Unusual music but very entertaining

Discussion in 'TM Lounge' started by rjzeller, Jun 4, 2005.

  1. rjzeller

    rjzeller Forte User

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    Mar 7, 2005
    Rochester, MN
    All hail La Bottine Souriante and their album "Chic & Swell"!!!

    I just got my copy today and my feet haven't stopped tapping yet. La Ziguezon is just a feet tapping party! I mean it, this music is AWESOME.

    Well...that is...if you're into French-Canadian-Celtic music. I haven't the damnedest idea what on earth they're saying, but I like it!

    Anyone else got reccomendations on unusual or strang music that is very catchy or enjoyable (P.D.Q. Bach and Hooked on Classics does not count)?

    anyone here speak French and want to translate for me?
     
  2. jpkaminga

    jpkaminga Pianissimo User

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    Jul 1, 2004
    Boston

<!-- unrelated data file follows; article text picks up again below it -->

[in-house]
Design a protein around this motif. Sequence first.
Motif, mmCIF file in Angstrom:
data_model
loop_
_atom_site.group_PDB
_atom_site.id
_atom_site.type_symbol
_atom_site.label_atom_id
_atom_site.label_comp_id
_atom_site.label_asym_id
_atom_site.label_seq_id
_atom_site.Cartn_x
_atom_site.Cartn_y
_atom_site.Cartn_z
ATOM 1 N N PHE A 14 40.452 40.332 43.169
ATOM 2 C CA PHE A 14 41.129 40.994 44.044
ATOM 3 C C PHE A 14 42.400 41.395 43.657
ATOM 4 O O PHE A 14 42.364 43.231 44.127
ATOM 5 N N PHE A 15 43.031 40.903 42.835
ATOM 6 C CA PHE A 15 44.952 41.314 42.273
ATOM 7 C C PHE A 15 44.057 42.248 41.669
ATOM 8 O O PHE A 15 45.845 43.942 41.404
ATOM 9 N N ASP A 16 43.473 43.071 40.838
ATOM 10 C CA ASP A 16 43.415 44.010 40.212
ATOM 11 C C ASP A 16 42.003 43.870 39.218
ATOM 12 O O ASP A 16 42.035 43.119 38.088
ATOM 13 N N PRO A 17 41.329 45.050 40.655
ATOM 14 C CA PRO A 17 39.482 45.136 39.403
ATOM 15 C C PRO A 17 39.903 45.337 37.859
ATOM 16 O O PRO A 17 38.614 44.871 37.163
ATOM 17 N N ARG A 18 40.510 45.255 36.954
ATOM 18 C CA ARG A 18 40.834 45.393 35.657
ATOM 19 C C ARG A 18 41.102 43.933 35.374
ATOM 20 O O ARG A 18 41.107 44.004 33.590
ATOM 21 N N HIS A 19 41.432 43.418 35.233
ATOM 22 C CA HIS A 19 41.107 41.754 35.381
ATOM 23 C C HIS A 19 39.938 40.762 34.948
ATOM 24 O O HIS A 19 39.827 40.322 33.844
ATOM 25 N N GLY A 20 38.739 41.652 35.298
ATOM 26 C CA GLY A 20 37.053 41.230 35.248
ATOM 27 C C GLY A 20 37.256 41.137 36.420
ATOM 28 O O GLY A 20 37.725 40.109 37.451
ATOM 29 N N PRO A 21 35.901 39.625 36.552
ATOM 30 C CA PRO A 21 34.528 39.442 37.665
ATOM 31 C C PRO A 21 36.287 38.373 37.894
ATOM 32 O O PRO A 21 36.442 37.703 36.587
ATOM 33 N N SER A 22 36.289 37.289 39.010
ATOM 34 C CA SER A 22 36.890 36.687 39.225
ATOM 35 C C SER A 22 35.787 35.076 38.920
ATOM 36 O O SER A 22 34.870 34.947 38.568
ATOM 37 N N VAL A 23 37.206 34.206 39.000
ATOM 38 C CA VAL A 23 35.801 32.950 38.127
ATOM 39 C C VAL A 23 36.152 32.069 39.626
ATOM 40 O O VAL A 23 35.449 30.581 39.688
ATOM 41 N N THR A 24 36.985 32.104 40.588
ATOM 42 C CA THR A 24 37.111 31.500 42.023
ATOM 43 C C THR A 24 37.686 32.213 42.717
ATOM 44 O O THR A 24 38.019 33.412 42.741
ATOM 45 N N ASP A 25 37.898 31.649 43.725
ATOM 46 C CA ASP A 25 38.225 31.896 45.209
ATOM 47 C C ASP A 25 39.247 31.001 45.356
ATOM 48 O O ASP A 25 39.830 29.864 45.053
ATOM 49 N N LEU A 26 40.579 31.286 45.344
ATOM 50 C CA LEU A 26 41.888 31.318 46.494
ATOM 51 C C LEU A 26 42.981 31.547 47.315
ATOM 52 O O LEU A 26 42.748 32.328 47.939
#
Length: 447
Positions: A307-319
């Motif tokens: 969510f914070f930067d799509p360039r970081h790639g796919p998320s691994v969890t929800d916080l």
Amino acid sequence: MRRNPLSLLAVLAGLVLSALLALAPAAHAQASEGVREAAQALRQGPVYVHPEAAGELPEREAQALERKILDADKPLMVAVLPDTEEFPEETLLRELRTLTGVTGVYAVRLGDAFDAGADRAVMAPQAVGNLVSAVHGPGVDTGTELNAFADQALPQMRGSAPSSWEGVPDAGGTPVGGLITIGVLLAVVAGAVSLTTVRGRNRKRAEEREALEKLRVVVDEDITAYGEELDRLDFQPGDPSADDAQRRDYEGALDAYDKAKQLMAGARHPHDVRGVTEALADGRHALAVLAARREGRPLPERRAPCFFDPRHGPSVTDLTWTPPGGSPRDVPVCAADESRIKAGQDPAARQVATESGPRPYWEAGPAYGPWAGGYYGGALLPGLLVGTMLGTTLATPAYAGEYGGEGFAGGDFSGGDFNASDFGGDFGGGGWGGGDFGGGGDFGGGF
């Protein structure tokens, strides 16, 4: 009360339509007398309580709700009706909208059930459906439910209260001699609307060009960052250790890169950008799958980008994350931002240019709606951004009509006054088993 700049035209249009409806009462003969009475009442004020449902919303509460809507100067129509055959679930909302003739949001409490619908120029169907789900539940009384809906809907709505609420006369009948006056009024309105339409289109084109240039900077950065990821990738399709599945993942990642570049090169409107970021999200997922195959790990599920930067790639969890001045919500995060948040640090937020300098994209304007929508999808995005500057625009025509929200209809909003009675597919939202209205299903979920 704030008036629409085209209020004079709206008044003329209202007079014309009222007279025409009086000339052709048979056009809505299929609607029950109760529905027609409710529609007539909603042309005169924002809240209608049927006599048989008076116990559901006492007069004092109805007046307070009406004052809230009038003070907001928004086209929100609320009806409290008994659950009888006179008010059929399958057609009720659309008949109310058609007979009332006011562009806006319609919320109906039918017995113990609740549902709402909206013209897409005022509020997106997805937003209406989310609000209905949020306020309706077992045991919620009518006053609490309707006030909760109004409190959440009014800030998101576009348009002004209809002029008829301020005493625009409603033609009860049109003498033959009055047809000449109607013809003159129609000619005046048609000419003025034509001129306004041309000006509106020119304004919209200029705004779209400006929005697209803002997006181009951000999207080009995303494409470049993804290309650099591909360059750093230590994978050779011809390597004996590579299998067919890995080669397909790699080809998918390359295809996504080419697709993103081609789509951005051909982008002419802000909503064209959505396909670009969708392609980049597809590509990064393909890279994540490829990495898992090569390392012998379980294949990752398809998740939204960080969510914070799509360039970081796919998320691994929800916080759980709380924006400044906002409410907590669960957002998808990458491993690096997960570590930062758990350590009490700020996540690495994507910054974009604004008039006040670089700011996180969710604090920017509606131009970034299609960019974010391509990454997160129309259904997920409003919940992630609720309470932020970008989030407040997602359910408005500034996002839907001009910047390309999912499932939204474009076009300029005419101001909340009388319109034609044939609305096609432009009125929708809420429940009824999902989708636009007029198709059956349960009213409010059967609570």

I speak french pretty well, however the accent of french-canadians is almost impossible to understand, but if you had the written lyrics I could proly do a pretty good translation
     
  3. Tootsall

    Tootsall Fortissimo User

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    Oct 25, 2003
    Yee HAW!
    That's certainly a fact! It's a whole different language from Parisian French.
     
  4. rjzeller

    rjzeller Forte User

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    ....dang filters. The *** is actually "t .. i ... t", gues that little bit of prose is an unacceptable slang on this end of the border....

    Okay, here are the lyrics to "Le Ziguezon", I assume the first bit is just some information on the song since I can't match it to any of the singing...